HANSON — With a little more than a month to go before we celebrate Thanksgiving, the Hanson Public Library, and its Foundation, welcomed author Susan Playfair Oct. 16 to discuss her book on a component of that feast — the cranberry.
Playfair answered audience questions and sold copies of “America’s Founding Fruit: The Cranberry in a New Environment” and signed copies during her Sunday, Oct. 16 talk at the Hanson Library/Senior Center.
Along with blueberries and Concord grapes, cranberries make up the trinity of America’s native fruits, Playfair noted.
The cranberry, originally known as the “crane berry,” derives its name for the graceful bend of the plant’s flower. Commercial growing dates back to 1812 in New England and, by 1865, cranberries were being shipped across the country by rail.
“It truly is our iconic fruit, because, among other things, it was sent to King Charles in 1677 as sort of a diplomatic gesture to show what we could provide [as a colony] and as a sign of good will,” she said.
Long used as a food and a medicinal fruit by Native Americans, her book traces the adaptation of the cranberry by colonial immigrants and poses questions about the fruit’s ability to adapt to a warming climate.
“I was really curious about the cranberry and how it might react relative to temperature increases,” Playfair said. “It would, presumably be an indication of how other agriculture would also [be affected].”
It turns out, for example, that cranberry plants are flowering earlier, she said of information gleaned from growers with whom she spoke — two of whom provided access to 30 years of records, including flowering and harvesting timetables.
The plants also need between 1,700 to 2,000 chill hours to set fruit, and scientists are predicting that, by 2099, the climate in this area will be similar to that of the Carolinas now.
Playfair, whose great grandfather owned and managed cranberry bogs, graduated from Bard College and studied at Parson School of design and the French Fashion Academy, among other programs and has worked as an investment broker, fashion merchandiser, fashion and interior designer and author. She has also written a book on the future of the fishing industry titled, “Vanishing Species: Saving the Fish, Sacrificing the Fishermen.”
“When I was researching this book I actually came to Hanson several times,” Playfair said, and interviewed the late Ellen Stillman, who had worked for Ocean Spray for many years.
Local residents with roots in the cranberry business also took part in the event. Joanne Estes, whose grandfather, Marcus L. Urann, founded Ocean Spray, brought in an album of photos and postcards depicting cranberry harvesting operations as well as a 1951 issue of Eastern States Cooperator, a growers’ cooperative magazine, on which she was a cover model. Hanson Selectman Bill Scott, a cranberry grower, and his wife Louise donated an assortment of Ocean Spray cranberry drinks for the refreshment table.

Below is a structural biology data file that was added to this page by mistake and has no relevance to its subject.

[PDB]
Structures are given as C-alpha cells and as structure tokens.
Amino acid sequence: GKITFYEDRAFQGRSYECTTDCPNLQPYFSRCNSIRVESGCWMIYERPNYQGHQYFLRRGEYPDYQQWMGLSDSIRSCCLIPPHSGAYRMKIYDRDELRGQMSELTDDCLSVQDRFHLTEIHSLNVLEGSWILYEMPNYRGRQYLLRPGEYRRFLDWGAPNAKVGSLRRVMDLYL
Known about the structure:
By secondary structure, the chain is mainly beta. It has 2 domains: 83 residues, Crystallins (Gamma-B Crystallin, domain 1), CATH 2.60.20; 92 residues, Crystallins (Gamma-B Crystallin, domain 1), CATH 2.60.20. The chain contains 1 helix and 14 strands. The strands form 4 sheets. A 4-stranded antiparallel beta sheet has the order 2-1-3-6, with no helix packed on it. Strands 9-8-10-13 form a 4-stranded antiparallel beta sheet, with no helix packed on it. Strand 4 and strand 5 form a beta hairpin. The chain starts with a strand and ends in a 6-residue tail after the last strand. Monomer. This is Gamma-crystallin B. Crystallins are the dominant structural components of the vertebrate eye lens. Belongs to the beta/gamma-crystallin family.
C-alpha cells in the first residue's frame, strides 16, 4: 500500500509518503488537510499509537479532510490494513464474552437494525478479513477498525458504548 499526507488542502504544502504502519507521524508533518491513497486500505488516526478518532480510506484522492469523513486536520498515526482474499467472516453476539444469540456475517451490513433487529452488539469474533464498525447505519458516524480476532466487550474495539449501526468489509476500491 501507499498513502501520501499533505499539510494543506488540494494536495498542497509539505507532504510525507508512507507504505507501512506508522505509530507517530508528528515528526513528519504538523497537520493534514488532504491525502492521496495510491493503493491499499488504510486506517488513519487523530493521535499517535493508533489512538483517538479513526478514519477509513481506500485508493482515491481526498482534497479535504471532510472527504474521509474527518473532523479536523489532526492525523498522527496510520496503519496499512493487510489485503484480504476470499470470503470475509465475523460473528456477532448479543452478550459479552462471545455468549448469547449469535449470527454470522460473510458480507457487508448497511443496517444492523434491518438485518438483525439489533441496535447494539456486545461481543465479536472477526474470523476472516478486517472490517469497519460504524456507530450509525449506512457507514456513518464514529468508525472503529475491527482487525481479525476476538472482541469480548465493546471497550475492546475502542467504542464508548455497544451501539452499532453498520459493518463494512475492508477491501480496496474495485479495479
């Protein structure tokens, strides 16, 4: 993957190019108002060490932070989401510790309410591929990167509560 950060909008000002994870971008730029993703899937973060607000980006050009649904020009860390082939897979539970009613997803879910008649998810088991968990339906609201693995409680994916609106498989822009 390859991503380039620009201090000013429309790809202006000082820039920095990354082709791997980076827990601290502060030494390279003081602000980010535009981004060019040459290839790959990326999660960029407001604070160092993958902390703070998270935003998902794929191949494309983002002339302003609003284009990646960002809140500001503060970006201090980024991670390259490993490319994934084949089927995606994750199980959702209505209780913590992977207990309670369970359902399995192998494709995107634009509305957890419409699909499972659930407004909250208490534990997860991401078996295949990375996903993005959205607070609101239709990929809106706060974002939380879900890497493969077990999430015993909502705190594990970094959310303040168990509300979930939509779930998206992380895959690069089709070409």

“This may be the most learned group that I’ve spoken to,” Playfair said. “Many of you have connections to the cranberry industry.”
Ocean Spray’s products were a way to use berries deemed too imperfect to sell as whole berries — such as white berries or damaged fruit — as reduced waste while increasing profit, Playfair said.
Questions from the audience ranged from the number of cranberry varieties on the market, to the difference between wet and dry harvesting, how the berry is found in nature — in the bogs formed in kettle basins left by the retreating glaciers — and research now being done on climate change.
“It was always dry [harvesting] when I was growing up,” Estes said. Scott said dry picking is not only more time-consuming, it also puts more stress on the vine because of the nature of the machines used.
“It was the only way to get frost protection in the old days,” Scott also said of flooding bogs before the shift to sprinklers. “It looks like an easy crop.”
They also asked how craisins have improved the cranberry commercial market.
“There is a huge market for craisins,” Playfair said. “There is also a fledgling cranberry industry in Chile.”
The latter was started by a West Coast restaurateur to ensure a constant supply of craisins, part of which are used for a cranberry drink he featured on his menu.
“The benefits to him, which are not so good for everyone else in this country, is that because his operation is in Chile, they get very favorable tariff arrangements,” she said. “He’s able to ship them directly to China. As I understand it, that was bought out one or two years ago by Ocean Spray.”